“We got Bierko.”

I have another commenter to respond to but I need to leave it at that for today because I have an appointment to go do my taxes. 

When you are no longer receiving a paycheck, going to do your taxes is like a bald person going to a barbershop.

There is little to do but reminisce.

I shall respond to the second commenter tomorrow.

And b the way, pumpkinhead, wow about the robotic surgery.  That was so incredibly cool to hear about.  


Alan said...

wait! what?? Robotic Surgery????
Talk about your throwaway!!!

Mike said...

Happy St George's Day, people!
You can slay dragons until midnight (local time), then it reverts to a criminal offence.

pumpkinhead said...

Alan, I forget exactly what I told Earl about the robotic surgery, but I'm assuming I told him that, when my wife was offered the opportunity for robotic or non-robotic surgery for a major operation, I recalled his positive experience with robotic heart surgery a few years earlier, and we drew on that as part of the decision to go with robotic, which turned out well for her.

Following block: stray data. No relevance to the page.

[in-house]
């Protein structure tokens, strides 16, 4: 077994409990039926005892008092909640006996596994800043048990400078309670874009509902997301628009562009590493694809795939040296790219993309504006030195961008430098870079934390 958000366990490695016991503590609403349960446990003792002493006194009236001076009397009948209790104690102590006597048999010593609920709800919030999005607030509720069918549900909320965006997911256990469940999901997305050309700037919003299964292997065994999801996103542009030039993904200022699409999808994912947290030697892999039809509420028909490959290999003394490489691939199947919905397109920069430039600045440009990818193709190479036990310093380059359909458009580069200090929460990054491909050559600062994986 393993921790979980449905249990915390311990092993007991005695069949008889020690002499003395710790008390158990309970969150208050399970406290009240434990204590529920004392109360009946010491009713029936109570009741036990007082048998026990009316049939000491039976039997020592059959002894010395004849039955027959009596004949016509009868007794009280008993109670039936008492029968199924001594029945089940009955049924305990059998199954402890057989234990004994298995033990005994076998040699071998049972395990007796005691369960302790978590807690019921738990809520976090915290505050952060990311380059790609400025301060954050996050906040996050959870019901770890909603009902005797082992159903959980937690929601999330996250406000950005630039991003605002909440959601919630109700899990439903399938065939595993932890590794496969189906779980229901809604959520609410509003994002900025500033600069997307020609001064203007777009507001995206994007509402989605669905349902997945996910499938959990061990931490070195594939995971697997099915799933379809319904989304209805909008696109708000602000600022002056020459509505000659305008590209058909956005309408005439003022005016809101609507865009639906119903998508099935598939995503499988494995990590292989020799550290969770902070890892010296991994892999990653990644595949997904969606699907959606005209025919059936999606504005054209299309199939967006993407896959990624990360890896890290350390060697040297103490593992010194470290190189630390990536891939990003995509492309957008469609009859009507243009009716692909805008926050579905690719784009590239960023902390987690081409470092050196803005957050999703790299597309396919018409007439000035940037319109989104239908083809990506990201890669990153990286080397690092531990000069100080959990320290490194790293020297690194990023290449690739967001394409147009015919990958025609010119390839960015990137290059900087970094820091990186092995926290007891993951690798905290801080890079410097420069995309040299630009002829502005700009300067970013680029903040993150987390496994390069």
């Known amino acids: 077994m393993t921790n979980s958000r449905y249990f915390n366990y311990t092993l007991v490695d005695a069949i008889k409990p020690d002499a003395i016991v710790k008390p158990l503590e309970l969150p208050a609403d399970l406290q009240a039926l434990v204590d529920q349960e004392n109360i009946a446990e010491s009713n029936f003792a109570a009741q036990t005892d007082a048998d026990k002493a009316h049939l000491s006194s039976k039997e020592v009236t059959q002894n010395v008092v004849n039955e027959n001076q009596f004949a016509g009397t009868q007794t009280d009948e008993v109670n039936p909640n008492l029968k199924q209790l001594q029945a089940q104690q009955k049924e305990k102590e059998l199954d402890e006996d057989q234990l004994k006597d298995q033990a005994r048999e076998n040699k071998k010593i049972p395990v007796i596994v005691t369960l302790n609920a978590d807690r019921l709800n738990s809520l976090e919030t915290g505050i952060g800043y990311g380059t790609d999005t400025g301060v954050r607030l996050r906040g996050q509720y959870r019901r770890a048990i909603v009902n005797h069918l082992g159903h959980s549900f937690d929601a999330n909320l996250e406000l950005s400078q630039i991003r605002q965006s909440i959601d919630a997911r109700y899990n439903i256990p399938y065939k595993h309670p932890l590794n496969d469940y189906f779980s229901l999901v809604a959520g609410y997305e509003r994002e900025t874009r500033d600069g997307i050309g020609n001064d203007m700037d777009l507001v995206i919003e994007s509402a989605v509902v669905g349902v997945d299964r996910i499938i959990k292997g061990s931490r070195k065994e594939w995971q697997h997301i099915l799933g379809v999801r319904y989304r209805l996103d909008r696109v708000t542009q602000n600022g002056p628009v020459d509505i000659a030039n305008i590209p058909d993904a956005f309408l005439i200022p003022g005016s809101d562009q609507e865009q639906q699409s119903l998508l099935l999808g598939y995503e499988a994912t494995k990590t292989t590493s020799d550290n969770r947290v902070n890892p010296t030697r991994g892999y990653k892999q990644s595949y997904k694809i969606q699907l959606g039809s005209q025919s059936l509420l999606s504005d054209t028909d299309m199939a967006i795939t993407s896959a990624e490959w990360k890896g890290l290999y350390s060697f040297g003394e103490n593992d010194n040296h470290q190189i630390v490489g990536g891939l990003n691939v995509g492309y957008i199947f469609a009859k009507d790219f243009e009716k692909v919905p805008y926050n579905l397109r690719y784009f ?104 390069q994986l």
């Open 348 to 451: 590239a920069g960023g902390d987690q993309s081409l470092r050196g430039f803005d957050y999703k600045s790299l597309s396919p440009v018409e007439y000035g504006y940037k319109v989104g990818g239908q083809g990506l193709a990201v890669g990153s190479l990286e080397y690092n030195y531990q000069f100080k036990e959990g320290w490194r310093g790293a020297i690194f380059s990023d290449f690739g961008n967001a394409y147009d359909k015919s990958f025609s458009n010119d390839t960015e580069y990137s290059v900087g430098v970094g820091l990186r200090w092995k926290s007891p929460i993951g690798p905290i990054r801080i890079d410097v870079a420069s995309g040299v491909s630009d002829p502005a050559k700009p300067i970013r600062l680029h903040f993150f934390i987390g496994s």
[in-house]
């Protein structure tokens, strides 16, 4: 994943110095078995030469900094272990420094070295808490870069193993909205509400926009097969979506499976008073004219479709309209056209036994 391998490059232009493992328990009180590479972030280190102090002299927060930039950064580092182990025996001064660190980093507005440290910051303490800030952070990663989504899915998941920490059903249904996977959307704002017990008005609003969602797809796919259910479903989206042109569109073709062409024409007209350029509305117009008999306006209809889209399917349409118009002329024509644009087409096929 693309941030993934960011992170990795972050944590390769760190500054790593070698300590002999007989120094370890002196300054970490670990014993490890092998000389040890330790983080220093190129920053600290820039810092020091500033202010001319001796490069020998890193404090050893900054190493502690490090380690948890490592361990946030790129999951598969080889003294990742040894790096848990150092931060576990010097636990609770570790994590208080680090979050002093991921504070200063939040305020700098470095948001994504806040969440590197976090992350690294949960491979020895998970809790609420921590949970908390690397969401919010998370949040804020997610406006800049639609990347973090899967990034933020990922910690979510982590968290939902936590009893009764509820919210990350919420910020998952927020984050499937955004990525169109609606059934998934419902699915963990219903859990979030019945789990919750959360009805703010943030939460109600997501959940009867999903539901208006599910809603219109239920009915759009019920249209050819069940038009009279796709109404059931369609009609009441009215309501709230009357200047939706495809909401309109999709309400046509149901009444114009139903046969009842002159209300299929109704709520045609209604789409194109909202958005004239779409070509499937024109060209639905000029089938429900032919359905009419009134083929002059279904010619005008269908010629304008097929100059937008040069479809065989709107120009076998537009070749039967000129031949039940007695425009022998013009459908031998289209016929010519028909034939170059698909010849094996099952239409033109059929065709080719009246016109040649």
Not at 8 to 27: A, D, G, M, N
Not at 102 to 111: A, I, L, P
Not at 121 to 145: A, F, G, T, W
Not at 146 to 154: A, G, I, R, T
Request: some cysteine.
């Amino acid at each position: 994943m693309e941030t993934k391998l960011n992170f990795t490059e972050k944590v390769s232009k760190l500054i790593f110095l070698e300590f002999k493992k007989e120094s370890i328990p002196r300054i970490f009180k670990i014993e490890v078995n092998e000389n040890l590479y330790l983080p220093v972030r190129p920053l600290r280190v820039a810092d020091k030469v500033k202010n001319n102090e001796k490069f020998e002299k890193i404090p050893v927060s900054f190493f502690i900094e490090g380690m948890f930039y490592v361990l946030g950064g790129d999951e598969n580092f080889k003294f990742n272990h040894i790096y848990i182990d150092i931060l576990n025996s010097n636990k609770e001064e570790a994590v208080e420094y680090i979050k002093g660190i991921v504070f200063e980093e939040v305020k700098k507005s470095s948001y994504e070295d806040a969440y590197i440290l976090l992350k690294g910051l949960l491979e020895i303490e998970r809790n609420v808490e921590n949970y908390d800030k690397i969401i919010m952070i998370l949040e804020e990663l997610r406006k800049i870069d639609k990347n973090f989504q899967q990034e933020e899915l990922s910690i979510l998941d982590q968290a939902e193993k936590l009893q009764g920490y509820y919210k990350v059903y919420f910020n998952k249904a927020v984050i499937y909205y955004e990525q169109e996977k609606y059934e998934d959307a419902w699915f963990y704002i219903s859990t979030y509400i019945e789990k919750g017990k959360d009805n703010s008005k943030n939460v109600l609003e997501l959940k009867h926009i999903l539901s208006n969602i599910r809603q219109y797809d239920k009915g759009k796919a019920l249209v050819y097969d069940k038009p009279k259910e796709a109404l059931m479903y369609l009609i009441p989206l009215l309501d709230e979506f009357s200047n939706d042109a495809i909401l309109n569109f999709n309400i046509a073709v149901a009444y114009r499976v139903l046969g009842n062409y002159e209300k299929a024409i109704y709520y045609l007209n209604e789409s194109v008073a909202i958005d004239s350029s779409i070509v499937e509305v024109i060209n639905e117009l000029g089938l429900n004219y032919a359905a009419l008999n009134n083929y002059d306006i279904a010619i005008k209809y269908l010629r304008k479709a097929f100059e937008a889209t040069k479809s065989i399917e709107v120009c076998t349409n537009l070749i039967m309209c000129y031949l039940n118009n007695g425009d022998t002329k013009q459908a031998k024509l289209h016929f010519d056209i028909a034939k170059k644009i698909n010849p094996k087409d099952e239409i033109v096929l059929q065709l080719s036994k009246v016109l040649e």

And thanks for answering my questions again Earl.

Johnny Walker said...

I have another side to this story, Earl! I had the pleasure of enjoying a beer with one of my idols, and co-creator of Red Dwarf, ROB GRANT.

Among Red Dwarf fans the US pilot is largely treated with derision. Indeed the evening I talked with Grant, the interviewer (an American) felt it necessary publically apologize for it on behalf of her country. (Don't feel too bad, the story gets better!)

Afterwards I told Grant that I'd actually enjoyed the US pilot, and thought it was rather good.

His enthusiastic response was: "SO DID I!" but he didn't want to make the interviewer feel bad, so he kept his mouth shut.

He then began to tell me the story of what happened from his point of view.

According to him, they had indeed gone over to help with the production of the pilot, and yes, he and Doug Naylor had clearly stuck their oars in.